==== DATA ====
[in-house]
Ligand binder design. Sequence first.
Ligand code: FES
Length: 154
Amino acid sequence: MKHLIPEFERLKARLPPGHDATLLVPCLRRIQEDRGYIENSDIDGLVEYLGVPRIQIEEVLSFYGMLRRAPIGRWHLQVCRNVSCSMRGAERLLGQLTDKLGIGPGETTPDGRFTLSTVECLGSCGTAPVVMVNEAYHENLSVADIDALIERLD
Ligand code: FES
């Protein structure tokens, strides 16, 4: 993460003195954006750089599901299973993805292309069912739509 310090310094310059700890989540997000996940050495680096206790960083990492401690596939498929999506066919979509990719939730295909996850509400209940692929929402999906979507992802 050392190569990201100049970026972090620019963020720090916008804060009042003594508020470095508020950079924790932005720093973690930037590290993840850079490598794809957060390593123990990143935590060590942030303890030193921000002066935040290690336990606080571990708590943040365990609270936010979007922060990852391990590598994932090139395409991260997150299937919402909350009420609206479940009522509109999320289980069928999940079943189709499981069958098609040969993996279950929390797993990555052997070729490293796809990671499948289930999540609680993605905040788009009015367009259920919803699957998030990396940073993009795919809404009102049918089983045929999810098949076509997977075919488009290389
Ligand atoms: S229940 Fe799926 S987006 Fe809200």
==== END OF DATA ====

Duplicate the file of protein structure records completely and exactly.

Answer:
[in-house]
Ligand binder design. Sequence first.
Ligand code: FES
Length: 154
Amino acid sequence: MKHLIPEFERLKARLPPGHDATLLVPCLRRIQEDRGYIENSDIDGLVEYLGVPRIQIEEVLSFYGMLRRAPIGRWHLQVCRNVSCSMRGAERLLGQLTDKLGIGPGETTPDGRFTLSTVECLGSCGTAPVVMVNEAYHENLSVADIDALIERLD
Ligand code: FES
């Protein structure tokens, strides 16, 4: 993460003195954006750089599901299973993805292309069912739509 310090310094310059700890989540997000996940050495680096206790960083990492401690596939498929999506066919979509990719939730295909996850509400209940692929929402999906979507992802 050392190569990201100049970026972090620019963020720090916008804060009042003594508020470095508020950079924790932005720093973690930037590290993840850079490598794809957060390593123990990143935590060590942030303890030193921000002066935040290690336990606080571990708590943040365990609270936010979007922060990852391990590598994932090139395409991260997150299937919402909350009420609206479940009522509109999320289980069928999940079943189709499981069958098609040969993996279950929390797993990555052997070729490293796809990671499948289930999540609680993605905040788009009015367009259920919803699957998030990396940073993009795919809404009102049918089983045929999810098949076509997977075919488009290389
Ligand atoms: S229940 Fe799926 S987006 Fe809200």